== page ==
Taken from the Japanese word meaning “delicious taste,” umami is used to describe some of the most delicious of foods – including soups, mushrooms, cheese, salad dressing and tomatoes. It’s often considered the fifth taste along with sweet, salty, sour and bitter and often applies to foods we consider to be savory. Somewhat similar to chefs the world over including a dash of sugar or salt to add more flavor to their dishes, a bit of yeast extract can add umami to many foods.
Single-celled microorganisms that quickly multiply through cell division, yeasts are easily found in nature and have been used for centuries to make food and drinks – most commonly to brew beer and bake bread. Yeast extract is created with when heat is applied to break down the yeast’s own enzymes and yeast protein into its components – amino acids and peptides. In otherwords, yeast extract is yeast without its cell wall.
Umami has a harmonizing affect. Rather than intensifying flavor, it takes the bite off of bitterness and boosts slightly saltiness. Oftentimes, umami is considered to be the taste of proteins and protein-rich foods.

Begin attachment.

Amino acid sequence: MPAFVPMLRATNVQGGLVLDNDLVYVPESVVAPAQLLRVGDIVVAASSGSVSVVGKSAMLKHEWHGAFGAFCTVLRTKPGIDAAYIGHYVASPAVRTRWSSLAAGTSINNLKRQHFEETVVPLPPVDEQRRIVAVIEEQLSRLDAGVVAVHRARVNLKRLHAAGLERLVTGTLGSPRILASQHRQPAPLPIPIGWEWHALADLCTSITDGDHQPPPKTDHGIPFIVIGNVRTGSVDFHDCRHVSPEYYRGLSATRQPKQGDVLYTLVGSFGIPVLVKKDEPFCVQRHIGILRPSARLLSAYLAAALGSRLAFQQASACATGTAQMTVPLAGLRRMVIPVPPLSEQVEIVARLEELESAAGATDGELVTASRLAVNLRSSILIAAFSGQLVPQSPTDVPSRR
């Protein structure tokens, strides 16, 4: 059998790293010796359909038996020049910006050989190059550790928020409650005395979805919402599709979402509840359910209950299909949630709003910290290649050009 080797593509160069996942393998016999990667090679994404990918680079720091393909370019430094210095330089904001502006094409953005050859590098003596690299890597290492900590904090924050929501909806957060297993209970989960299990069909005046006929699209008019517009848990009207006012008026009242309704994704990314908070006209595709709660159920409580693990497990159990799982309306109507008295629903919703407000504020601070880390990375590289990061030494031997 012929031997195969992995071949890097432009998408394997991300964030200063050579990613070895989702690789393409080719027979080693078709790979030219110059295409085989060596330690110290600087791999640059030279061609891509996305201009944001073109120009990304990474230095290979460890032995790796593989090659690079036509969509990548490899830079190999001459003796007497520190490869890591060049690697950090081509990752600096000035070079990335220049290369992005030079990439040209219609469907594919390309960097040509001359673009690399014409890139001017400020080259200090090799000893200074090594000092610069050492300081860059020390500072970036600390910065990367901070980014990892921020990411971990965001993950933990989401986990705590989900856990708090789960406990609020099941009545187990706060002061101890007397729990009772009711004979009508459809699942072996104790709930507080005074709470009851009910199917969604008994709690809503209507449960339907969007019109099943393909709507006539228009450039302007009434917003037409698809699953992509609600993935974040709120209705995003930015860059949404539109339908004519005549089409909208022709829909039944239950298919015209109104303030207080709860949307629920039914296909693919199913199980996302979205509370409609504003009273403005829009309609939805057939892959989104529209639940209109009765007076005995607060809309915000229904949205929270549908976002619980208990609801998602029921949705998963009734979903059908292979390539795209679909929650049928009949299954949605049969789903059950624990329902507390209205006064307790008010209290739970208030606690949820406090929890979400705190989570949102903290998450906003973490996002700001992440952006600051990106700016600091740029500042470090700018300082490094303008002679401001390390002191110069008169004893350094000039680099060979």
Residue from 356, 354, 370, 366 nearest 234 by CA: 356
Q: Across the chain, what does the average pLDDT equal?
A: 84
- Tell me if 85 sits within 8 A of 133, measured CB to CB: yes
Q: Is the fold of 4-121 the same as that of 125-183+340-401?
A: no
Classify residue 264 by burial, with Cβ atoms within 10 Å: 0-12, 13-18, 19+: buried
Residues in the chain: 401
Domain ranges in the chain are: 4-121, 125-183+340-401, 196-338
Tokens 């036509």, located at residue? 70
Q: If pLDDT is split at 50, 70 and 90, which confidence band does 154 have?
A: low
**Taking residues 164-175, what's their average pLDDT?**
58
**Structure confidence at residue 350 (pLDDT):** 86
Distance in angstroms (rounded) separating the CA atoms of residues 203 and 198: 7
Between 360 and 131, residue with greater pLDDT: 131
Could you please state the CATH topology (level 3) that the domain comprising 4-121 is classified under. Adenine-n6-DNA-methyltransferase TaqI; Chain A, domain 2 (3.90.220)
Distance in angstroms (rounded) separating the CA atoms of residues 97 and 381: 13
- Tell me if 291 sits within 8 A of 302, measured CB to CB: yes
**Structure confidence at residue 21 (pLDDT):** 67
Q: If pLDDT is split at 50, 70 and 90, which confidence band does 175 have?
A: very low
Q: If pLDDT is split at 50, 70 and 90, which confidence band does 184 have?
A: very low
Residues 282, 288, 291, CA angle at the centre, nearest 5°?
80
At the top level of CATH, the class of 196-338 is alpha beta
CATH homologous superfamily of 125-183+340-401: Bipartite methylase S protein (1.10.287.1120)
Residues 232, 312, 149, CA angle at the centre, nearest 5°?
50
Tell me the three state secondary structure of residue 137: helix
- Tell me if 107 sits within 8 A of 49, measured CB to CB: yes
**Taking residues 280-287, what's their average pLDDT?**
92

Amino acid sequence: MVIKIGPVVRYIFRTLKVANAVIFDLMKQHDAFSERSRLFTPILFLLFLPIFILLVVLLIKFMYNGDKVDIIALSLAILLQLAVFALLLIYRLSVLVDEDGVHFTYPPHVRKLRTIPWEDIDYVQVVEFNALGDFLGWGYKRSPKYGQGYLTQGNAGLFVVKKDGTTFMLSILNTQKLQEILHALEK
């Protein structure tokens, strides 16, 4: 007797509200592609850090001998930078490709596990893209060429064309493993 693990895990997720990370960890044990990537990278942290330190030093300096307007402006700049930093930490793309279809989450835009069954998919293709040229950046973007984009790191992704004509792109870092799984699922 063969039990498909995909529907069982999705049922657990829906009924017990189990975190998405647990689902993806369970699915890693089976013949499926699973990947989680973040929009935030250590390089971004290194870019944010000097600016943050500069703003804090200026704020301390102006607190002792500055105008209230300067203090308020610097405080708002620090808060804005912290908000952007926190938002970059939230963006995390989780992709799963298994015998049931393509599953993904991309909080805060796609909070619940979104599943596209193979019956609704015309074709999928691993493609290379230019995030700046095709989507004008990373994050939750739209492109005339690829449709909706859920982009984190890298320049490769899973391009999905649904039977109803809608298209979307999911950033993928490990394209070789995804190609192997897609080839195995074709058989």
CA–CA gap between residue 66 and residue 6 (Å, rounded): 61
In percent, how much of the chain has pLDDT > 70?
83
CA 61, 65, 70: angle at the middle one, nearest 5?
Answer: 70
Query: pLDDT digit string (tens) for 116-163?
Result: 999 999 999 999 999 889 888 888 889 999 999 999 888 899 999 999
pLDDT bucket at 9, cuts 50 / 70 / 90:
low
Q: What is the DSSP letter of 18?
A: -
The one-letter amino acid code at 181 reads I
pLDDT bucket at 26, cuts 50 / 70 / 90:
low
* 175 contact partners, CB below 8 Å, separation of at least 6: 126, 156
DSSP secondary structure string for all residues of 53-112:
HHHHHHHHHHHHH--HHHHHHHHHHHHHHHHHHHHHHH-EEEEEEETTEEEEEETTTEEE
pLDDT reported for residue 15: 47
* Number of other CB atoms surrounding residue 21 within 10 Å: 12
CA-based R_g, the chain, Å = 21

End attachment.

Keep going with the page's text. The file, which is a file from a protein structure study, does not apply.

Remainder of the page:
“Umami is a savory, meaty taste that lingers for quite a long time and is characteristic of well-matured protein-rich products,” Professor Dürrschmid from the Institute of Food Science at the University of Natural Resources and Life Sciences in Vienna said in a 2019 interview. “It takes the edge off bitterness and slightly increases saltiness, but otherwise has little impact on the basic taste varieties. However, when it comes to flavor, which differs from taste in that it is the summary perception of all the characteristics of a foodstuff in the mouth, umami-tasting substances have an intensifying and rounding off effect. This would explain the effect and popularity of yeast extract.”
Yeast extracts are also suitable for vegan and vegetarian recipes and the concentration of yeast extract in dishes is usually less than 1%. They also help to decrease sodium levels without a loss of flavor.